If you’re going to meet the leading lights of Publicis Conseil, it might as well be on the roof terrace of their iconic building at 133 Avenue des Champs-Élysées. The Publicis story has been unfolding at this address since 1958. Now, as we gather around a table on an unexpectedly sunny spring day, the agency has embarked on its next chapter.
(From left to right, Patrick Lara, Valérie Hénaff, Jean-Guy Saulou)
With me on the rooftop are Valérie Henaff, president of Publicis Conseil, along with director generals Patrick Lara and Jean-Guy Saulou (who was the former DG of Nurun). The agency’s transformation was sparked by the merging of Publicis Conseil with Nurun Paris. In other words, the integration of 250 digital and tech experts with existing Publicis Conseil staff, bringing the total number up to 650.
“Our philosophy for some time now has been ‘lead the change’,” says Valérie Henaff. “Our clients are constantly confronted by change, so rather than being intimidated by that, our view is that in order to grow one should embrace it and be inspired by it.”
This philosophy has driven the agency’s international presence (“We are the most international of French agencies,” remarks Valérie) as well as its widely reported digital transformation. In that respect, the latest evolution is a logical one.
Publicis Conseil refers to its new incarnation as “the first full brand experience agency”. So what exactly does that mean? Valérie explains: “What Nurun brought to us specifically was its expertise in the realm of the customer experience. Along with our clients we have become aware that one can no longer separate what a brand says – the communication – from the way the customer actually experiences that brand. A bad customer experience can undermine all the brand’s communications investment.”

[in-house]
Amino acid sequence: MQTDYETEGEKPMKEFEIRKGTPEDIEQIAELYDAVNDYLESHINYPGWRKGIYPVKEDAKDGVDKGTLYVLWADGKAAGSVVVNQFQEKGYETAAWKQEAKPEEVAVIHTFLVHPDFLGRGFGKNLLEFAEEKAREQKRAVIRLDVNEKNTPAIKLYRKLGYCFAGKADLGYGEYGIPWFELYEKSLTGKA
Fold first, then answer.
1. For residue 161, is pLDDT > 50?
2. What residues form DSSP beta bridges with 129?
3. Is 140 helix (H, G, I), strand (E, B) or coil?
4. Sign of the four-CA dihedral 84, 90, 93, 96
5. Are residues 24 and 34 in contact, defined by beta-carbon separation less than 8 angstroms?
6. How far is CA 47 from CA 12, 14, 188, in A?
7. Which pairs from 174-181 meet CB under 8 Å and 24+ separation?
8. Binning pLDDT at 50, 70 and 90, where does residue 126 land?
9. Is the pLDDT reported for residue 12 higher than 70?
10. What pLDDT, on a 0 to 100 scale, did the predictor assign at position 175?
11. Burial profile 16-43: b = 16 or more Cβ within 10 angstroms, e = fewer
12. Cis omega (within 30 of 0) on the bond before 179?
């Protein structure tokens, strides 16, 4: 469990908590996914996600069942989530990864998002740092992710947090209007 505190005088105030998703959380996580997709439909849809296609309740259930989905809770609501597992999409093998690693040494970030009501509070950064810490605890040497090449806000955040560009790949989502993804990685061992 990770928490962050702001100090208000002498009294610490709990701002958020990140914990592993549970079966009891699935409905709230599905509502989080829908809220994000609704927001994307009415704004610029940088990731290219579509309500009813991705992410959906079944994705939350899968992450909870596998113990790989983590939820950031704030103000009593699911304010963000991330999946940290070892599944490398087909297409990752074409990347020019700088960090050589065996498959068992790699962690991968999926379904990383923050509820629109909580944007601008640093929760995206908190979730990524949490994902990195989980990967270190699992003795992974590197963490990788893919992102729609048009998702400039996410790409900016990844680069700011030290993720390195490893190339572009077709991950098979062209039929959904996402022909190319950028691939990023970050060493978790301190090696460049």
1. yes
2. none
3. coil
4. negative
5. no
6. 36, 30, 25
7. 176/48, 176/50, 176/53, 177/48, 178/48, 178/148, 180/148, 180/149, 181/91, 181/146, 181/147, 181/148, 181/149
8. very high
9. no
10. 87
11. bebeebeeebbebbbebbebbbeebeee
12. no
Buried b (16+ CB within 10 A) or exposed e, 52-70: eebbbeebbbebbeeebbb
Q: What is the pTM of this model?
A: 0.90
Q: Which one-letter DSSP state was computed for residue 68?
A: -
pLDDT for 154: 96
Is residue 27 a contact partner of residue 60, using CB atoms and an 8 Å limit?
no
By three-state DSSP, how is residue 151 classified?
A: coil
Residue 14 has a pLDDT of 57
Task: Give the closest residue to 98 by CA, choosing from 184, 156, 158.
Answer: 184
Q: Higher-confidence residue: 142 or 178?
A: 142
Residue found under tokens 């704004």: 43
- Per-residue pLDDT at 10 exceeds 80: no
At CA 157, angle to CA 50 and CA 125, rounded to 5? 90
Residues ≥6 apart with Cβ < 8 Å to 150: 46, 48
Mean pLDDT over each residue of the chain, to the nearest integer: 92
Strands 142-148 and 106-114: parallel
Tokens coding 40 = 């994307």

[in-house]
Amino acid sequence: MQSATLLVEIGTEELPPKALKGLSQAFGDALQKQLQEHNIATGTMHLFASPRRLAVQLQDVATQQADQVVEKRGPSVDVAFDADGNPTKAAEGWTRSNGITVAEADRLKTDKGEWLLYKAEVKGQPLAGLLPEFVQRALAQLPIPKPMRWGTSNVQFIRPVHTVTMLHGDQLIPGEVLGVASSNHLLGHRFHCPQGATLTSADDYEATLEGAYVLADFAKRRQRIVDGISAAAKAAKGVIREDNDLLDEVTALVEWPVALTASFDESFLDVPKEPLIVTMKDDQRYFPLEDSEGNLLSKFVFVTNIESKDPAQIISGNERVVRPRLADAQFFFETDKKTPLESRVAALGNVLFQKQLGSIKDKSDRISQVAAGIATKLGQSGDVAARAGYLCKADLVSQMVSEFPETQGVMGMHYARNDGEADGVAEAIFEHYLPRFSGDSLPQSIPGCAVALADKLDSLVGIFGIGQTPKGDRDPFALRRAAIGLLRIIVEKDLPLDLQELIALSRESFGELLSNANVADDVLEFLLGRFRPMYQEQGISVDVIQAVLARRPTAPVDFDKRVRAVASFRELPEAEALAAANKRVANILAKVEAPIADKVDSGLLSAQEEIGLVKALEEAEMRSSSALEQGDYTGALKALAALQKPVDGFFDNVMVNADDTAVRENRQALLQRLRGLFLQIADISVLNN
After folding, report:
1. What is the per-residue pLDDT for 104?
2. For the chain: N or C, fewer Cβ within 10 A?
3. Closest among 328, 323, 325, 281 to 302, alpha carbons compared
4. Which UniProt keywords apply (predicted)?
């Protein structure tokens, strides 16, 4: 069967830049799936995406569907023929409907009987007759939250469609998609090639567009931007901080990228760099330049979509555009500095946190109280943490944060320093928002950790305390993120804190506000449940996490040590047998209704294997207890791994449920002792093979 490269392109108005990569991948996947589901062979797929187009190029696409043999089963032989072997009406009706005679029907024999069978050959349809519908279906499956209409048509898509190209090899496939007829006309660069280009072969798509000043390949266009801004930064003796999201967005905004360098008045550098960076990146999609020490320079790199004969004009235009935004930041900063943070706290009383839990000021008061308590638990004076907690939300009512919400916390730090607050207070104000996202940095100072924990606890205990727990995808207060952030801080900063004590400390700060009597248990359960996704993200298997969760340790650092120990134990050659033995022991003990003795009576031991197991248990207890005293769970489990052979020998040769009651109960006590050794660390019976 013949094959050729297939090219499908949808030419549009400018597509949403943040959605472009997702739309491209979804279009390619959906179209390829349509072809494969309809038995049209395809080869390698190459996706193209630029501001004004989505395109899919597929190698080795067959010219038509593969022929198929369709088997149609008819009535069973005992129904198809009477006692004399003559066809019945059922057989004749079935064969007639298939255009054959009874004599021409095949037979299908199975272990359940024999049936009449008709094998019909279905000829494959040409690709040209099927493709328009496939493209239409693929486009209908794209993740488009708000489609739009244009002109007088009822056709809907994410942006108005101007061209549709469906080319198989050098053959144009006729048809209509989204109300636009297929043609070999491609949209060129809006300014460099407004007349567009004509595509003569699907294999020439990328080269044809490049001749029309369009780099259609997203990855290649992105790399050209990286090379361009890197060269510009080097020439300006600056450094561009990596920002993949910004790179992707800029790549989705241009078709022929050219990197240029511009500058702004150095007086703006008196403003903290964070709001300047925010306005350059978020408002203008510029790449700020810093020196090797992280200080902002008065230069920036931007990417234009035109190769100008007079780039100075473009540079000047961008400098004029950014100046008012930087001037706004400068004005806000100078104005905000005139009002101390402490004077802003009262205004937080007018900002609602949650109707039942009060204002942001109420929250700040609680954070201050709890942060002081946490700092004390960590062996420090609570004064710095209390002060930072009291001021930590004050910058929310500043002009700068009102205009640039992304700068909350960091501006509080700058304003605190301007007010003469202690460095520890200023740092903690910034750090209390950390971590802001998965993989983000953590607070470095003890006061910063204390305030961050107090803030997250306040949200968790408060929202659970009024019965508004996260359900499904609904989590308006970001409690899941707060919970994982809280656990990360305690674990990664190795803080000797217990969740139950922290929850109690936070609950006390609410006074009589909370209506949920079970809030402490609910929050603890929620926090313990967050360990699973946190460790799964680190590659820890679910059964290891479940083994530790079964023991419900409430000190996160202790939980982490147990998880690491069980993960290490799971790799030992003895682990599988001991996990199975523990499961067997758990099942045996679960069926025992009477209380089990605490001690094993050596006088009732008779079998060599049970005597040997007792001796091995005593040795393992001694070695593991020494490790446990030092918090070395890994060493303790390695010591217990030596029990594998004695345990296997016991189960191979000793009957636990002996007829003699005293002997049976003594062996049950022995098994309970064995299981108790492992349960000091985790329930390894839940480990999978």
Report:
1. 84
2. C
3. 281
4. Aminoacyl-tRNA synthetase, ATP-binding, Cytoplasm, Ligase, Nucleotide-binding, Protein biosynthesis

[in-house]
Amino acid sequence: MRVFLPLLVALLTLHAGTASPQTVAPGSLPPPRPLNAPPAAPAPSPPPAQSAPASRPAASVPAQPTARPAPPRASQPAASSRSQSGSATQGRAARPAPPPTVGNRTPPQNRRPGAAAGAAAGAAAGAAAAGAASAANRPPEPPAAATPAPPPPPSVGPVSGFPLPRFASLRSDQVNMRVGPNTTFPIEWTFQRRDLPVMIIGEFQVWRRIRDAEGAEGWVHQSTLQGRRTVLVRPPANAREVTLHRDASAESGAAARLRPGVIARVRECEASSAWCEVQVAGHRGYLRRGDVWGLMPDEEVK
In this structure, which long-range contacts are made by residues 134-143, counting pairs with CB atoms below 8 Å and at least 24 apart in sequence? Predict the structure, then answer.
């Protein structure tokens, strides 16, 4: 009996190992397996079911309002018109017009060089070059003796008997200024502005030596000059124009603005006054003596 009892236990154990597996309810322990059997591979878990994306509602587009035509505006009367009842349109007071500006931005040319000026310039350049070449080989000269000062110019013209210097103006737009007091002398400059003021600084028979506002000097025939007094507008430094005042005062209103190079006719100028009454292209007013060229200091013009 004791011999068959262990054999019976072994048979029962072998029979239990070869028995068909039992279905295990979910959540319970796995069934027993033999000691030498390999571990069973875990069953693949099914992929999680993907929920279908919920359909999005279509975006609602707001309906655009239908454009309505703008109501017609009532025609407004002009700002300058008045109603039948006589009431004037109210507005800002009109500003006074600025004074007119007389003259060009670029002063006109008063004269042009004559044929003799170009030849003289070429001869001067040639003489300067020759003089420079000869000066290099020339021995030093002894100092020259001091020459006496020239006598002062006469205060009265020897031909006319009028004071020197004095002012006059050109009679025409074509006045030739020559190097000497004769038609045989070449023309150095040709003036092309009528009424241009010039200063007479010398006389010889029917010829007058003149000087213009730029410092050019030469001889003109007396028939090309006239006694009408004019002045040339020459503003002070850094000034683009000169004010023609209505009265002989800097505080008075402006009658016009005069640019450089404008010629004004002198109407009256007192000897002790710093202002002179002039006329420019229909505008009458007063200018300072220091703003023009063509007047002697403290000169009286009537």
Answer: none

In other words, Publicis Conseil must now be able to oversee the customer journey from A to Z, whether that means the website user experience, its social media presence, or even the store interior. Because as we all know, there’s nothing more disappointing than a brand that fails to live up to its promises.
Practically speaking, the agency will be organised around nine business units – almost mini-agencies – of around 80 people, each dedicated to one or several clients. As everyone in French adland knows, Publicis Conseil works for some the country’s most emblematic brands, including AccorHotels, BNP Paribas, Carrefour, AXA, Engie, L’Oréal, Nestlé, Orange, Renault, Sanofi, Groupe Seb... Each of the nine entities will be headed by a duo, one from Publicis Conseil and one from the former Nurun.
“We’ve always put clients at the core of our business, but now our internal organization reflects that approach,” says Valérie.
If it sounds as though Publicis might be creating silos while other agencies are breaking them, Valérie assures us that all its clients will be able to benefit from “transversal talents” who can intervene whenever and wherever required. These include data scientists, UX specialists, social media coordinators and many more.
Jean-Guy Saulou says: “We’ll ensure that digital skills are available to all our clients. The advantage of being 650 people is that we’re capable of bringing together the equivalent of a specialist agency for every circumstance. With the difference that we can combine our long-term client vision with these often very niche skills.”